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It sounds like you support functions with 1000 lines over 15 lines. Extracting out discrete segments of logic into non-public methods/functions not only improves readability but allows you to abstract "complex logic" into an understandable name so new developers can digest it easier.
A caveat, as always, especially since you mention C: If it's for a functional performance requirement, I can't really fault massive functions. I can't seem to find the article but I remember years ago a game engine had to collapse its entire render stack into a single function to improve performance.
If your slogan was "no functions over 250 lines", I'd vote for you Oooo, or "Even books have chapters."
That wouldn't help, you don't vote for Kings.
"I controlled my laughter and simple said "No,I am very busy,so I can't write any code for you". The moment they heard this all the smiling face turned into a sad looking face and one of them farted. So I had to leave the place as soon as possible." - Mr.Prakash One Fine Saturday. 24/04/2004
If something has a solution... Why do we have to worry about?. If it has no solution... For what reason do we have to worry about?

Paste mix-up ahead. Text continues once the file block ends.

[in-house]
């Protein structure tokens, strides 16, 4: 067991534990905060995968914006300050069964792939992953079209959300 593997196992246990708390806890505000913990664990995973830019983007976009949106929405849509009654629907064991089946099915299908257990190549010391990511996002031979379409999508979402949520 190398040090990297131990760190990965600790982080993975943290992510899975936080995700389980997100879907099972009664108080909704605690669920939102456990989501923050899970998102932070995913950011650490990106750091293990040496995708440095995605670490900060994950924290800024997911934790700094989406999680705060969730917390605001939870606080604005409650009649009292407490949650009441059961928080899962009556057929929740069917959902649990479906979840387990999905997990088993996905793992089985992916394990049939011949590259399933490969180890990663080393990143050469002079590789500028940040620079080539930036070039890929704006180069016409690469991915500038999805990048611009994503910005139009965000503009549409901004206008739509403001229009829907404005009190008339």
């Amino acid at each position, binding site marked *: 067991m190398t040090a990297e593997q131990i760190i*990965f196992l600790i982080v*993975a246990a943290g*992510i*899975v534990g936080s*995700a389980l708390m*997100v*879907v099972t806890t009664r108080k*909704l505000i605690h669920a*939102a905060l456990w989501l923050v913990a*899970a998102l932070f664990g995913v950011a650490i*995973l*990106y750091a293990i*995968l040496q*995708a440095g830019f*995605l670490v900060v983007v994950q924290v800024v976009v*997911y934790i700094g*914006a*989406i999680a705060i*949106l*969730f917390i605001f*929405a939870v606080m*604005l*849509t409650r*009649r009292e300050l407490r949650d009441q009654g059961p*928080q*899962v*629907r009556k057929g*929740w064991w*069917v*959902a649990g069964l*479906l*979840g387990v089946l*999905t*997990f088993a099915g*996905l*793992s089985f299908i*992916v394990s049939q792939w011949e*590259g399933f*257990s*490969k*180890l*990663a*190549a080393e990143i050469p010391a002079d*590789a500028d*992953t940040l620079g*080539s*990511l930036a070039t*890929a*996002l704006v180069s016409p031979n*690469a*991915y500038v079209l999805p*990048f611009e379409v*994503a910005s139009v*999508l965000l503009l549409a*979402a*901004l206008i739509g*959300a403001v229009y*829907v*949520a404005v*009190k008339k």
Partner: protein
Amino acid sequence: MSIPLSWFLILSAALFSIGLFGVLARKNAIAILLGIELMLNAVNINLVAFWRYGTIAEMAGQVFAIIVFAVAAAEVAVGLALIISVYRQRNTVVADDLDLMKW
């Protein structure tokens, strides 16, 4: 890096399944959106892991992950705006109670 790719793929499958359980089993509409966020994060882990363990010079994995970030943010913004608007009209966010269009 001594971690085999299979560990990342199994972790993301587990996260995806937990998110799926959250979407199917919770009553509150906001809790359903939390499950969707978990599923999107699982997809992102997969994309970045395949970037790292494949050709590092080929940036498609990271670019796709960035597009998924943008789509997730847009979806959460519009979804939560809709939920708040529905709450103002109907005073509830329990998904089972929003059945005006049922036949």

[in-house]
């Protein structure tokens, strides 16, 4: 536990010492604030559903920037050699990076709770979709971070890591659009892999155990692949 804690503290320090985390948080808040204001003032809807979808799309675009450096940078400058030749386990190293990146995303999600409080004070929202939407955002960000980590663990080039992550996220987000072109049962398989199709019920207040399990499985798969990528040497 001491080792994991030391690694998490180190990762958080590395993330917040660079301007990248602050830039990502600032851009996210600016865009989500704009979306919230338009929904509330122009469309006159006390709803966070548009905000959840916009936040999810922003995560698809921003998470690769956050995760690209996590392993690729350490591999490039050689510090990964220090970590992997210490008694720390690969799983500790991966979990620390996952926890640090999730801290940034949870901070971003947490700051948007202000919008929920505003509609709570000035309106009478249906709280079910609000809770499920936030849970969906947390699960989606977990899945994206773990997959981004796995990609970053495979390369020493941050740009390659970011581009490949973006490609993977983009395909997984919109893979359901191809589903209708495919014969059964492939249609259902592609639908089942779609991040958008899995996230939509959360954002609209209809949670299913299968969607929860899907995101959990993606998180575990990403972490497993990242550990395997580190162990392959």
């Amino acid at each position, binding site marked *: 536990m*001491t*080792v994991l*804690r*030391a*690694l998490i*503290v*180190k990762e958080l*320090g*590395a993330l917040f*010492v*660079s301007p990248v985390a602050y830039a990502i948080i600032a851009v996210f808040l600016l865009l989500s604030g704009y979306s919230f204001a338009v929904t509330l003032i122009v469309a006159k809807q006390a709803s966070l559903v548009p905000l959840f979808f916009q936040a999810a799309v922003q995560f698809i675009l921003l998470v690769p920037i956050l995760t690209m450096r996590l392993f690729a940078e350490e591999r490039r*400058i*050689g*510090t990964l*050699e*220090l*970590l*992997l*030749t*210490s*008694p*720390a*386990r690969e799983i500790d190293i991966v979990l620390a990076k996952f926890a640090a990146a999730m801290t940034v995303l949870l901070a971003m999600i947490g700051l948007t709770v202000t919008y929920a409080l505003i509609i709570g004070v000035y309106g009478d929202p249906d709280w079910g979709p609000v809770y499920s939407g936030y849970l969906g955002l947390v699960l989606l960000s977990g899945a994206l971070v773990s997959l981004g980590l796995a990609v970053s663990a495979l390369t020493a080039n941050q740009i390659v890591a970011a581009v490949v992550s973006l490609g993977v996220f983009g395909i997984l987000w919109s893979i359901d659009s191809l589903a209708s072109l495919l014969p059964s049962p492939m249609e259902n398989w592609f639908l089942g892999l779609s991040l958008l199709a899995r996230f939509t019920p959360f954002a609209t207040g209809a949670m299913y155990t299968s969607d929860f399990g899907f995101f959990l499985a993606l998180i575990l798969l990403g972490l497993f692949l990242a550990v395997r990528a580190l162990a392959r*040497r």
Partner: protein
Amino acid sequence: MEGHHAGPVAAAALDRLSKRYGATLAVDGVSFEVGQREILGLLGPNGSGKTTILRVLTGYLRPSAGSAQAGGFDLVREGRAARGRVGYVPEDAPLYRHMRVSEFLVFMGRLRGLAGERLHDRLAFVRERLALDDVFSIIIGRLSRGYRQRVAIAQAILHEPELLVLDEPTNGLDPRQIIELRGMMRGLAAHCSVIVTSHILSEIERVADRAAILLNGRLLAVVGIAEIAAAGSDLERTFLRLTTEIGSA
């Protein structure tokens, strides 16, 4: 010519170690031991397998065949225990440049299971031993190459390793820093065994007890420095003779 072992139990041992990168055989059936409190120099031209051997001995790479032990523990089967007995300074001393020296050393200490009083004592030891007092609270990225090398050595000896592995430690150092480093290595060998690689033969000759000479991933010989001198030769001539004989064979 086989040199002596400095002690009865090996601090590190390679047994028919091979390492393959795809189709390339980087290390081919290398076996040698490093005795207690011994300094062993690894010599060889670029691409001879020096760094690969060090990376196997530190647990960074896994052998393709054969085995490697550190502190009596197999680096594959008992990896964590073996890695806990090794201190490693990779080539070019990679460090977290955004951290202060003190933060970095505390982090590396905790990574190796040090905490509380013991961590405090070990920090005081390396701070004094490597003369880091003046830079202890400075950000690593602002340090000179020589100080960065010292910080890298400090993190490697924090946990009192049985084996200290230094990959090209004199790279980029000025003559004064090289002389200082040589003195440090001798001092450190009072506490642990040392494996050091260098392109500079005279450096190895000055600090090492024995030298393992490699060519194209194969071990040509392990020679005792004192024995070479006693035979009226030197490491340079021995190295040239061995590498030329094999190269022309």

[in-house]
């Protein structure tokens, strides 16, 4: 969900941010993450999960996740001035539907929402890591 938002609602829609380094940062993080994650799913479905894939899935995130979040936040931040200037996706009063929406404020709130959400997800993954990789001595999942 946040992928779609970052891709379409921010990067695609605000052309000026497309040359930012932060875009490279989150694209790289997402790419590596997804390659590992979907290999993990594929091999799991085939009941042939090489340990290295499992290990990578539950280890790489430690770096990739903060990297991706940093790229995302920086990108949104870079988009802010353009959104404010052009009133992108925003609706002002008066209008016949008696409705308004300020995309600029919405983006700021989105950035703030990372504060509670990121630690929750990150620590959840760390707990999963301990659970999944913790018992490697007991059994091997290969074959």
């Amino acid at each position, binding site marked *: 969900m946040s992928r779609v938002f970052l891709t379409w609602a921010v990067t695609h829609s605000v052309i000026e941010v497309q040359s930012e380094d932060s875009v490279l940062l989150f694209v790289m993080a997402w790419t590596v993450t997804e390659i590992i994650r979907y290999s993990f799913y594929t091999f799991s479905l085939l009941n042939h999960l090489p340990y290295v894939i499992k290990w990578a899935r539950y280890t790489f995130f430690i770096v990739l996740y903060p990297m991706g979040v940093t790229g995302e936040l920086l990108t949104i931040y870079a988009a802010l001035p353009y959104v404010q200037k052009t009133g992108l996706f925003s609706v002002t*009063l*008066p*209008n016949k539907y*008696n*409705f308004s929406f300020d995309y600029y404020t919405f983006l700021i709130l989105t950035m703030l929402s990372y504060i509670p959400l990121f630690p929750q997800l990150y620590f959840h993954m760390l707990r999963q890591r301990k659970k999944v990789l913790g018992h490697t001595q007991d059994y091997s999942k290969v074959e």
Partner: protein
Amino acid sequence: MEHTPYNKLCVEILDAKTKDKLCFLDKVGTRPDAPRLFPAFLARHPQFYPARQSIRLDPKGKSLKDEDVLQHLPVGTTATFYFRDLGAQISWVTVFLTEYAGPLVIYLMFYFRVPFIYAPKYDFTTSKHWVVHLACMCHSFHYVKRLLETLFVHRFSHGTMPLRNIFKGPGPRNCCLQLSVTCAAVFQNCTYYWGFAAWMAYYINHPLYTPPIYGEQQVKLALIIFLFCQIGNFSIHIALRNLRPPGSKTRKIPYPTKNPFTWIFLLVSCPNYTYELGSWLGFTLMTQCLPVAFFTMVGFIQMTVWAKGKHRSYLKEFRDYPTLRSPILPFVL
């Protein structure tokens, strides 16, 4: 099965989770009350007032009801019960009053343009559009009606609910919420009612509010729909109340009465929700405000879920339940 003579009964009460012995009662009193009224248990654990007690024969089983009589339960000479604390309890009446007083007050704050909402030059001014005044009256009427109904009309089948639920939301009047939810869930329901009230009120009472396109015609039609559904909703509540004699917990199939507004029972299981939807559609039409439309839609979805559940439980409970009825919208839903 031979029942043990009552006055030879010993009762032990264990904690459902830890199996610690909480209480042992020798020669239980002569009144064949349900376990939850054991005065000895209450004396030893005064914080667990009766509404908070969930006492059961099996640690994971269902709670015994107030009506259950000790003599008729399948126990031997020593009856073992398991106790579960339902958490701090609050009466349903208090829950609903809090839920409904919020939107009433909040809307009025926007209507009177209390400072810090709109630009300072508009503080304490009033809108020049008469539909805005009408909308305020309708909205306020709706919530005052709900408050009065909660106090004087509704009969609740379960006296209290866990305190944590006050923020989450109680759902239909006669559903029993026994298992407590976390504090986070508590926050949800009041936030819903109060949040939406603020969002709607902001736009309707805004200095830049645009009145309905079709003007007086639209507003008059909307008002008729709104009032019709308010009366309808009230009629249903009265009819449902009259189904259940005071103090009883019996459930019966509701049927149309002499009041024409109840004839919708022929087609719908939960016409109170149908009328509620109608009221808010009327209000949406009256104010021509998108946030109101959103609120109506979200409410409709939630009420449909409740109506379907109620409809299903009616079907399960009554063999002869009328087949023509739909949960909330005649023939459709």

Help me to understand what I'm saying, and I'll explain it better to you
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I am actually beginning to hate C++ as well, but the reasons you mention have nothing to do with the language. Try reading some typical Java "enterprise" code and finding a method that actually does something.
Sorry for mentioning something simplistic, but I think immediately about call graphs …
When I used VC++ 4 or 5 I was extremely impressed by the call graph features … back then ,
I found them very handy, of course … I missed them in early VC#, and they resurfaced
at some point in VC# editions (in last 10 years I think ...), BR
Last Visit: 31-Dec-99 19:00 Last Update: 19-Jan-21 19:12